As flu season begins, health authorities in Australia have warned people that the swine flu – also known as H1N1 – is returning to this country in a new, mutated form. People ages 95 and older may be safest from infection, though.
“We won’t know how much it has mutated until people begin to get sick, but fly viruses mutate all the time as they pass through people and animals”, said Dr Jeremy McAnulty, NSW Health director of health protection.
“Basically, the virus makes mistakes in its reproductive cycle that help it survive as part of its evolutionary process and evade our immune systems. We won’t know how well the flu vaccines will protect people from new strains of the two flus we expect this year – H1N1 and H3N2 – no flu vaccine is perfect. But we recommend people get vaccinated”, added the doctor.
The 2009 swine flu outbreak is thought to have been triggered at a Texan pig farm, spread to pigs in Mexico, subsequently infecting the pigs’ handlers. However, studies have since then showed that swine flu is not transmittable from animals to humans.
Dr McAnulty also said that medical research has established that H1N1 was related to the 1918 Spanish Flu pandemic that killed up to 100 million people, which is the equivalent of three to five percent of the world’s population at that time.
“There have been four pandemics, or apparently brand new strains of flu in the last hundred years and three in the 20th century, in 1918, the 1950s, and the 1960s”, he said. “We’ve discovered that the H1 virus actually had a connection with the 1918 flu, so people who were around then and exposed to it have some resistance to H1. H1 affected more pregnant women and young people”, also said the doctor.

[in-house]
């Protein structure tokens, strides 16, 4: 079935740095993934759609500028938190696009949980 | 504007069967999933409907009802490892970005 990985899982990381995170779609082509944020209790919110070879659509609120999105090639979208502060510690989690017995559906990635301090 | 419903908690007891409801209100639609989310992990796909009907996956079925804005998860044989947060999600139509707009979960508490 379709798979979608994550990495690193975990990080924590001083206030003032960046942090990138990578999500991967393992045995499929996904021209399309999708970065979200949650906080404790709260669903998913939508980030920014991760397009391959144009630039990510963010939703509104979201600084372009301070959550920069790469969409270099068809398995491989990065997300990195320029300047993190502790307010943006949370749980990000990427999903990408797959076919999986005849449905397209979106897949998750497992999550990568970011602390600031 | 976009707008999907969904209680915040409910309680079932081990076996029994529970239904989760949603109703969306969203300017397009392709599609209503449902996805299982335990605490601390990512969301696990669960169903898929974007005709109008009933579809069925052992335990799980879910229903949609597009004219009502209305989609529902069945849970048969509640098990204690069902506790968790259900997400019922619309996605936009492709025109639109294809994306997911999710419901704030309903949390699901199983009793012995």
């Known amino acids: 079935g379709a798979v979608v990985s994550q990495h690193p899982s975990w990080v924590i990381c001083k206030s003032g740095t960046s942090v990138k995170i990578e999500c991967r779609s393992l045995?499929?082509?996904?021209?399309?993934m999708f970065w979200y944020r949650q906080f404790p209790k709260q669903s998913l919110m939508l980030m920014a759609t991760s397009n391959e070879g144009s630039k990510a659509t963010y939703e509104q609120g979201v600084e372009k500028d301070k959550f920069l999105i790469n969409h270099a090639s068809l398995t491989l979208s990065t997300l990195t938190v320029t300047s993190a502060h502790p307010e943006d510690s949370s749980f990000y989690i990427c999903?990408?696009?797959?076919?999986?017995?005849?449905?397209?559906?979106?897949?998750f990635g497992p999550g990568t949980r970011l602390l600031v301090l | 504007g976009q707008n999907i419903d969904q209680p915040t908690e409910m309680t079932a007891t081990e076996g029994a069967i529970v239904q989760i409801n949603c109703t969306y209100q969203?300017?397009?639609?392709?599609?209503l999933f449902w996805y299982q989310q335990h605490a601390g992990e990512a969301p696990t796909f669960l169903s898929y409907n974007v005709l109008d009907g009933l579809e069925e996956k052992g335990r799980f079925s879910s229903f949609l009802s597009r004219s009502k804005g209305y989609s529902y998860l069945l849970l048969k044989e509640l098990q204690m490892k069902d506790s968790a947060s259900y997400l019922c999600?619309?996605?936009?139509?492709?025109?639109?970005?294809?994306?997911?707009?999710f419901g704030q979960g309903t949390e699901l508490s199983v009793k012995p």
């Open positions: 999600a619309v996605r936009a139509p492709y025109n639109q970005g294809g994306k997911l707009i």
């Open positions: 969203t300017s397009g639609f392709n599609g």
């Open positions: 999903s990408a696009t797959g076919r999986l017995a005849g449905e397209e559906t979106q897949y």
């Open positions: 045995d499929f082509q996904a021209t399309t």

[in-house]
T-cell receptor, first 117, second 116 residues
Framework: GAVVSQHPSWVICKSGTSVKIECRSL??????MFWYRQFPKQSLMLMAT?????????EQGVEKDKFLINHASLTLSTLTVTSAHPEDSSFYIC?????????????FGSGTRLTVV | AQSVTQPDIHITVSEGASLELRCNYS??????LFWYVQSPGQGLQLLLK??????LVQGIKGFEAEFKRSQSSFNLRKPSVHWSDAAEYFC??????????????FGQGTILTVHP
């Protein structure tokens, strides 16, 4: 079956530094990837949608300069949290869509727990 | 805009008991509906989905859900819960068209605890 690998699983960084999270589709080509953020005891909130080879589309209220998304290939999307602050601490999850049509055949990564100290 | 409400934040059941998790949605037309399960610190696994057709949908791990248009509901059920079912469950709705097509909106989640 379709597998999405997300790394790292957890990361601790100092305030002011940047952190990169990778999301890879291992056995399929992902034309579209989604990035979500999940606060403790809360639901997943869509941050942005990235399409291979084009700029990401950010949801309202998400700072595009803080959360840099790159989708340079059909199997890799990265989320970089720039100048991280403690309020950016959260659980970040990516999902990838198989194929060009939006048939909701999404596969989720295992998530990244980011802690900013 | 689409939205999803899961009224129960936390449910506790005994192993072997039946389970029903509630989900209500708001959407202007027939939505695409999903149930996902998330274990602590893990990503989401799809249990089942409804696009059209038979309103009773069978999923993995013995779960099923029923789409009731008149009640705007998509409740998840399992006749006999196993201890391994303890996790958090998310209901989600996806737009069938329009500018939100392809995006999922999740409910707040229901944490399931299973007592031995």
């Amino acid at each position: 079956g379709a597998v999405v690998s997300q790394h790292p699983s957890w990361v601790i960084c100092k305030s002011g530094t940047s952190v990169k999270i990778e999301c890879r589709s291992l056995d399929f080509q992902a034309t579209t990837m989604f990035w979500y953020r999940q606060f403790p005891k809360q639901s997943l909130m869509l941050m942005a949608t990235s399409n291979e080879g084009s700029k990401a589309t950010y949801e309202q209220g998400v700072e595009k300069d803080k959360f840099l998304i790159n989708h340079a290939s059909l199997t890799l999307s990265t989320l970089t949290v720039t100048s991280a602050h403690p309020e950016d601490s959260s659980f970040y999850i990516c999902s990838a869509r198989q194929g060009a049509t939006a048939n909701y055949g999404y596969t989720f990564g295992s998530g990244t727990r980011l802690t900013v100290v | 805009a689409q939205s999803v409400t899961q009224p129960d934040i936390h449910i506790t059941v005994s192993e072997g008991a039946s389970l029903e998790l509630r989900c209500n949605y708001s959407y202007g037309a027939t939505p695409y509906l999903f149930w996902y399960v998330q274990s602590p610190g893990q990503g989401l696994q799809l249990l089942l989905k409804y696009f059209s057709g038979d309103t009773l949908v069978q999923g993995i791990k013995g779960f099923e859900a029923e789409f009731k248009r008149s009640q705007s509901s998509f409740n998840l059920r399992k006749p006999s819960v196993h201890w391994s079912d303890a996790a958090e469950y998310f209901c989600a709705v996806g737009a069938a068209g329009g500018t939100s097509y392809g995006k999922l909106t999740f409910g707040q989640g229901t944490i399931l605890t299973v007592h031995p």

Swine flu led to the death of 186 Australians in 2009 and officially affected 37,000 individuals. The global death toll of 18,500 was revised last year by Lancet magazine as closer to 250,000. “The actual numbers are always much larger. Typically, 10 to 20 percent of the population go down with flu every year”, Dr McAnulty stated.
Swine flu symptoms include high fever, cough, headache, tiredness, with more serious cases developing diarrhea, pneumonia, encephalitis and, in rare cases, lung and heart failure.
Vaccines against swine flu are available in Australia for free for pregnant women, individuals over 65, Aboriginal people, and patients with serious underlying medical conditions.
As a preventive measure, Dr McAnulty recommends washing the hands after contact with others. This is an important means of keeping health this winter. “And not just a quick wash of the hands. We recommend singing Happy Birthday as you wash your hands. It’s about the right length of time for the process”.